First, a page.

Heating a home is a tough, expensive business in the cold winter months, and many homeowners end up relying on what they think is ‘common sense’ to lighten the load on their budget. But how effective are those tips? The most well-meaning friend can give you advice that ends up hurting you in the long run, but without a comprehensive guide, who’s to know what’s real and what’s not? Well, look no more - we’ve got the top 5 home heating myths and the truths behind them, ready to help you heat your home in the most cost-effective, energy-efficient way possible. Get informed so you can make smarter decisions, and don’t forget to share with your well-meaning friends (who probably don’t know any better anyway)!
Home Heating Myth 1
”There’s no benefit to turning the thermostat down when you’re not at home. It doesn’t really save you money.”
And the flipside…
”You should turn your thermostat off when you leave to save money! Why heat a house you’re not in?”
The truth? Neither of these are good advice - the first isn’t true, and the second can actually cost you more (especially during the seriously cold days). First off, you can absolutely save money by turning down your thermostat a few degrees when you’re not home, and the same goes for when you’re sleeping. The Department of Energy says you can save up to 1% per degree you turn the thermostat down, as long as it’s turned down for at least 8 hours. But don’t turn your thermostat off completely! Not only will it be more costly to reheat your entire house, but no heat can lead to frozen and busted pipes, forcing you to spend money on a plumber along with your heating bill. Not so effective, if you ask us.
Home Heating Myth 2
”When you get home to a cold house, cranking the thermostat way up will help it heat up faster!”
Again...not true. Not even close. Your furnace works at the same rate no matter what temperature it’s trying to achieve. By setting it higher, you’re going to wait the same amount of time to be comfortable, but you’ll also most likely forget it’s set higher, meaning you’ll have to turn it down eventually and you’ll have wasted money to heat your home more than you wanted. Set it where you want it, and leave it alone.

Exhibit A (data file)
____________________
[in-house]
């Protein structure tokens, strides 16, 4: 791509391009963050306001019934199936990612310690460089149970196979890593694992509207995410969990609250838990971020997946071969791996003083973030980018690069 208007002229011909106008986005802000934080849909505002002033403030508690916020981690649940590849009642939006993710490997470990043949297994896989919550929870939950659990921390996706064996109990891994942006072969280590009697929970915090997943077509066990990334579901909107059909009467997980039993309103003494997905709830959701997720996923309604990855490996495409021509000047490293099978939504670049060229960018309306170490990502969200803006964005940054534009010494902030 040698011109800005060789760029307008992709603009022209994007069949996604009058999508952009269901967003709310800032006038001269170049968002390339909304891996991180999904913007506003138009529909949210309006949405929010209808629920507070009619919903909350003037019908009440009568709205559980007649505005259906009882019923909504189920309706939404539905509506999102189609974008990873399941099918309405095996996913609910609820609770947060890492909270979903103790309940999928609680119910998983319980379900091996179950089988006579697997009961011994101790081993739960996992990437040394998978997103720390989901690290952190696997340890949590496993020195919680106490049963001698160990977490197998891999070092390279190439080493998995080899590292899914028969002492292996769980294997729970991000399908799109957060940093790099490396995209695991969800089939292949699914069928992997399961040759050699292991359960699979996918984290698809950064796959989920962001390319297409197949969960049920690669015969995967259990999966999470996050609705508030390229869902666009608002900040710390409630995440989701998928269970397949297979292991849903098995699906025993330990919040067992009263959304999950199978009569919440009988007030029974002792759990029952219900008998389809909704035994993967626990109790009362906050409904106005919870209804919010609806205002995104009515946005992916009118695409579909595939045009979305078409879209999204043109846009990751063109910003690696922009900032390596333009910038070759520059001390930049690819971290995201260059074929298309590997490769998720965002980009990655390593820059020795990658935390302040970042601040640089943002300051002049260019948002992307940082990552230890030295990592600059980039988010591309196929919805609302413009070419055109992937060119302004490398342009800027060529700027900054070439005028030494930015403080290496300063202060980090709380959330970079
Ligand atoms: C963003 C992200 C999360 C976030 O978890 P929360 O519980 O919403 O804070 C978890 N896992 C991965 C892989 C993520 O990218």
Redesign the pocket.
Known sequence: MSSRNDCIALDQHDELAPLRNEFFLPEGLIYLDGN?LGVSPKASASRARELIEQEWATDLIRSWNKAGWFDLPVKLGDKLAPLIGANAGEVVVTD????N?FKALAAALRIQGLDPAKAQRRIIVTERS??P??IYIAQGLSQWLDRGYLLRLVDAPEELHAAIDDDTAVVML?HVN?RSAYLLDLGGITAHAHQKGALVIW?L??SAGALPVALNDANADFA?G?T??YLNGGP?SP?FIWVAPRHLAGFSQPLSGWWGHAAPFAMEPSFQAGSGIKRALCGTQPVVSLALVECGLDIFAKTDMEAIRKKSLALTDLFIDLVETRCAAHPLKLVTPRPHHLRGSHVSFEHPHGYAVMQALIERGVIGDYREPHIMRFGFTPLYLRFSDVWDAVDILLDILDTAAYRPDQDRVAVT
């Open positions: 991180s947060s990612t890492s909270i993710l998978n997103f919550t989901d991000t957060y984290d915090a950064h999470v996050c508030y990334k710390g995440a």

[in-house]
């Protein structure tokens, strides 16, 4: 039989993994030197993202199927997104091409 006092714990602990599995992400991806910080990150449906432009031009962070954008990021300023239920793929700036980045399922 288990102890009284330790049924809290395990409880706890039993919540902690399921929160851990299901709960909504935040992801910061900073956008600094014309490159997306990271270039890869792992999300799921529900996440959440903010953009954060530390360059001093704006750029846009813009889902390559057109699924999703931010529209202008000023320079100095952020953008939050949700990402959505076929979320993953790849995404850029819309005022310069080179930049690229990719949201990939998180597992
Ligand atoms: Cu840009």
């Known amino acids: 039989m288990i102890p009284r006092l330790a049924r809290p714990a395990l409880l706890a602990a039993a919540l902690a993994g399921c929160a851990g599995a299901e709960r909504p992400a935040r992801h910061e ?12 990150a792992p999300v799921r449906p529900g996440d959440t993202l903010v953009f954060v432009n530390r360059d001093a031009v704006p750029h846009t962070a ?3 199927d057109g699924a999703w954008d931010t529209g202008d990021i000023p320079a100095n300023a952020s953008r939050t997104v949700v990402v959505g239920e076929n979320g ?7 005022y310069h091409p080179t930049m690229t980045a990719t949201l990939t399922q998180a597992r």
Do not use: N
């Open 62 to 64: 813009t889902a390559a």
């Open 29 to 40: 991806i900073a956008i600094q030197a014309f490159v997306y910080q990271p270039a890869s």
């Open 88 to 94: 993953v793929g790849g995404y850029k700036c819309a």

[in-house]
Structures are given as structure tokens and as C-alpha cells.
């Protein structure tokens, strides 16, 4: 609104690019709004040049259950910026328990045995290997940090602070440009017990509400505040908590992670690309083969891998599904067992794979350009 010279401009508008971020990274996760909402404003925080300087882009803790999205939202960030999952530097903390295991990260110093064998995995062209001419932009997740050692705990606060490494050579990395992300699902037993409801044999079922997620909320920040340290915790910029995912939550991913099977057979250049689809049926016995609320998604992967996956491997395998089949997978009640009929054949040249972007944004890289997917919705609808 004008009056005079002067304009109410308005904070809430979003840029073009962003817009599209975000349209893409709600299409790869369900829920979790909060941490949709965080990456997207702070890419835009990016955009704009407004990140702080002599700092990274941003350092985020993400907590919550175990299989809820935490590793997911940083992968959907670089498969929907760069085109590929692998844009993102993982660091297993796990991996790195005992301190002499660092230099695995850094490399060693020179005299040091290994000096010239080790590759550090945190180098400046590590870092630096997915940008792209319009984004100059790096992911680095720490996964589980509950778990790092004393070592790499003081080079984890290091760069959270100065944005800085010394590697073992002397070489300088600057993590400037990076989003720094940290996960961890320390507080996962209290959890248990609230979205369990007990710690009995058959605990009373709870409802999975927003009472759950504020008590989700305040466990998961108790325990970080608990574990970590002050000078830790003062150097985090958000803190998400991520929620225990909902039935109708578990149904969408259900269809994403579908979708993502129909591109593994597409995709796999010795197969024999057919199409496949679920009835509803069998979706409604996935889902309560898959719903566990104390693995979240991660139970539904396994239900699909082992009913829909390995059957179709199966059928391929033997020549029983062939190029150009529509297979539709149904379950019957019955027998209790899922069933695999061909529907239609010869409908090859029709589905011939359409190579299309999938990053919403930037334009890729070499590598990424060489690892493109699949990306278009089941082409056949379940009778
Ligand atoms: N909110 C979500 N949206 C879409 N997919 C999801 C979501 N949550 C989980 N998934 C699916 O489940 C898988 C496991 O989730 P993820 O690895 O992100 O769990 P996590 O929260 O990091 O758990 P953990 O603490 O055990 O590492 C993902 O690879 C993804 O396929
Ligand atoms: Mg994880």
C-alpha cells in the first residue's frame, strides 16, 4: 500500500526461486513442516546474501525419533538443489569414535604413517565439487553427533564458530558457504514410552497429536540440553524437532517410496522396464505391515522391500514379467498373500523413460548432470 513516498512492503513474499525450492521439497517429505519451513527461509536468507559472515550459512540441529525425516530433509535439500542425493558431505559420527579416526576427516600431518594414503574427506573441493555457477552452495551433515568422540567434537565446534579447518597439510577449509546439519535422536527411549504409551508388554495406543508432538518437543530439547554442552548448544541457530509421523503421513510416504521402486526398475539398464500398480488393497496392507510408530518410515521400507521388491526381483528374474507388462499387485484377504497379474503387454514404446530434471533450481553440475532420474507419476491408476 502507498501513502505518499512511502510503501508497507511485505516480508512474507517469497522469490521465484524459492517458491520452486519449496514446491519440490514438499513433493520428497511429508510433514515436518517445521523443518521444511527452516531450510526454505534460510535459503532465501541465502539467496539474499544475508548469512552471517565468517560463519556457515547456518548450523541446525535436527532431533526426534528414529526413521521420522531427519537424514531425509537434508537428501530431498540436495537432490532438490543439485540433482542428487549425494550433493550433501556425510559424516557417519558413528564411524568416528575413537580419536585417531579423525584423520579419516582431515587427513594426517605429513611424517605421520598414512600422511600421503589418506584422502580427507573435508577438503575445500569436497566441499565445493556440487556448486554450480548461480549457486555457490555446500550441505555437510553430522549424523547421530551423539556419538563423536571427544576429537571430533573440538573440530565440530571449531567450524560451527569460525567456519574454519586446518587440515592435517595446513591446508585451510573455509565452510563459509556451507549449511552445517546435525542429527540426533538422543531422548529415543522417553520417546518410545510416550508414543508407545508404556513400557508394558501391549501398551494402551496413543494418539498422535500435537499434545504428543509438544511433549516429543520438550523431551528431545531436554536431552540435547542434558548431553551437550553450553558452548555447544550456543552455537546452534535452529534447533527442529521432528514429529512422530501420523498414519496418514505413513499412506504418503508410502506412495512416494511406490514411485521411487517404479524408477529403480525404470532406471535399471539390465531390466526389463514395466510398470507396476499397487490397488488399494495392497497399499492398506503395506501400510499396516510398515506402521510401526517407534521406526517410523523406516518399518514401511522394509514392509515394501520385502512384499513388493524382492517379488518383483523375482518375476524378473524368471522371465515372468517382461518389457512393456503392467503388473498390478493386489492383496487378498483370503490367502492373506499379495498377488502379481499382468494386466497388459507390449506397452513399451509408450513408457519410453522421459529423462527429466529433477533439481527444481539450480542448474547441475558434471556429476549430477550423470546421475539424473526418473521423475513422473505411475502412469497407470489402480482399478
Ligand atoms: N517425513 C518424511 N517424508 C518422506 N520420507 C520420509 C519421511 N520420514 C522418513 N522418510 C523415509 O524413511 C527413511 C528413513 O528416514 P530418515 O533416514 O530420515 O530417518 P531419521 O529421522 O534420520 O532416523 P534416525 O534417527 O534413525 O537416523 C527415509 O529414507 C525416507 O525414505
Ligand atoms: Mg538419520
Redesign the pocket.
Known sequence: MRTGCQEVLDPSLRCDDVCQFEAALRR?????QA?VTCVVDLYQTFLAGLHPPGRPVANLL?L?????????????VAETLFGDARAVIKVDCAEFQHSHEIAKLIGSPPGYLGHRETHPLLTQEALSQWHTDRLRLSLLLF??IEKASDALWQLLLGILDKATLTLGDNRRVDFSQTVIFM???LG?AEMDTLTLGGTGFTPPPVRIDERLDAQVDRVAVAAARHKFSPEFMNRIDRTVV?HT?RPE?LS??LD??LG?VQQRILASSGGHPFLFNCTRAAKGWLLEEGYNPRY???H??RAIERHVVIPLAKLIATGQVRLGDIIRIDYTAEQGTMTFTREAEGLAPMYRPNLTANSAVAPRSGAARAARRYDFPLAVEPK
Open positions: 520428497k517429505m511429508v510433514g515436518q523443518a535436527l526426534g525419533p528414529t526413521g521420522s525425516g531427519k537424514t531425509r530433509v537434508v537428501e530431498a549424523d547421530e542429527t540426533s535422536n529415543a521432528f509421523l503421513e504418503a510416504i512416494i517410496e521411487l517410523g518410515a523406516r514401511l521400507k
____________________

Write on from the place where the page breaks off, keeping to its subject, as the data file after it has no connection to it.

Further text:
Home Heating Myth 3
”It’s really only necessary to heat the room you’re in.”
”Closing the vents/registers can make your home heating system more effective and efficient.”
Only partially heating your home actually makes no sense (unless of course you have thermostats in each room, or heating zones in your house). Sure, it sounds good, but your furnace works hard to make sure there’s heat balance in your home, and by closing the vents or attempting to heat only one room you’re setting the furnace up to work harder, leading to increased HVAC maintenance and a shorter furnace lifespan.
Home Heating Myth 4
”Using a space heater is way more efficient than heating your entire home!”
Space heaters are not the worst thing to hit home heating, but they definitely have a time and place. If you’re in an area (like your office at work, for instance), where you’re only heating a small space and the space has poor insulation, a space heater can help keep you warm, but it won’t do much for the room itself. What it will do is jack up your electric bill (on top of your heating bill). That said, space heaters can be super helpful long as they’re battery powered. If the power goes out and your heat goes out with it, space heaters are your friend. Other than that, leave it in the closet.
Home Heating Myth 5
”A fire in the fireplace is a great way to heat your home!”
Honestly? This is just plain ol’ bad advice. Never use a fireplace to heat your home: fires use oxygen (air), and what air do you think your fire will use and then send up the chimney? That’s right: the air you just paid to warm up in your living room or bedroom. Instead, if you want to sit by the fire, try turning the temperature down a few degrees in that room while you’ve got the fire going, so your furnace isn’t working overtime when you’re warm by the fire anyway. Just don’t forget to put the fire out completely and turn the thermostat back up to normal when you’re done!